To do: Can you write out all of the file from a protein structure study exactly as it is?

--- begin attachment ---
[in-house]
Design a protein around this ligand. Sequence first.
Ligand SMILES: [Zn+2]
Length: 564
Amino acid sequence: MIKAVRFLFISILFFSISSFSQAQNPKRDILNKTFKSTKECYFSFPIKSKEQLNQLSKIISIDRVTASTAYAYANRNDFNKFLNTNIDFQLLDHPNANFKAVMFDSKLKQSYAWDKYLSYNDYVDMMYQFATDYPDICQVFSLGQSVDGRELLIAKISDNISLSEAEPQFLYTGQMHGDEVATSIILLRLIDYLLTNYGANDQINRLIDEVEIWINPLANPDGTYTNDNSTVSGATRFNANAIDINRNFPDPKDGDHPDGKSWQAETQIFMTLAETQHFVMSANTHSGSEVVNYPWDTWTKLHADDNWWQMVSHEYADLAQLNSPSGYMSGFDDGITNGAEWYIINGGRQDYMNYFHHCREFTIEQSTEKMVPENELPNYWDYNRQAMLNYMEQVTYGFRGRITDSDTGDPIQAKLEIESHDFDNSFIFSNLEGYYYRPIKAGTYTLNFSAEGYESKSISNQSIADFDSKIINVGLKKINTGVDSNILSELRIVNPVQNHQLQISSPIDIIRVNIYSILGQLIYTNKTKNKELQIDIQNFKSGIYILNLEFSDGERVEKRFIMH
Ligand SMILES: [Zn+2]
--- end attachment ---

[in-house]
Design a protein around this ligand. Sequence first.
Ligand SMILES: [Zn+2]
Length: 564
Amino acid sequence: MIKAVRFLFISILFFSISSFSQAQNPKRDILNKTFKSTKECYFSFPIKSKEQLNQLSKIISIDRVTASTAYAYANRNDFNKFLNTNIDFQLLDHPNANFKAVMFDSKLKQSYAWDKYLSYNDYVDMMYQFATDYPDICQVFSLGQSVDGRELLIAKISDNISLSEAEPQFLYTGQMHGDEVATSIILLRLIDYLLTNYGANDQINRLIDEVEIWINPLANPDGTYTNDNSTVSGATRFNANAIDINRNFPDPKDGDHPDGKSWQAETQIFMTLAETQHFVMSANTHSGSEVVNYPWDTWTKLHADDNWWQMVSHEYADLAQLNSPSGYMSGFDDGITNGAEWYIINGGRQDYMNYFHHCREFTIEQSTEKMVPENELPNYWDYNRQAMLNYMEQVTYGFRGRITDSDTGDPIQAKLEIESHDFDNSFIFSNLEGYYYRPIKAGTYTLNFSAEGYESKSISNQSIADFDSKIINVGLKKINTGVDSNILSELRIVNPVQNHQLQISSPIDIIRVNIYSILGQLIYTNKTKNKELQIDIQNFKSGIYILNLEFSDGERVEKRFIMH
Ligand SMILES: [Zn+2]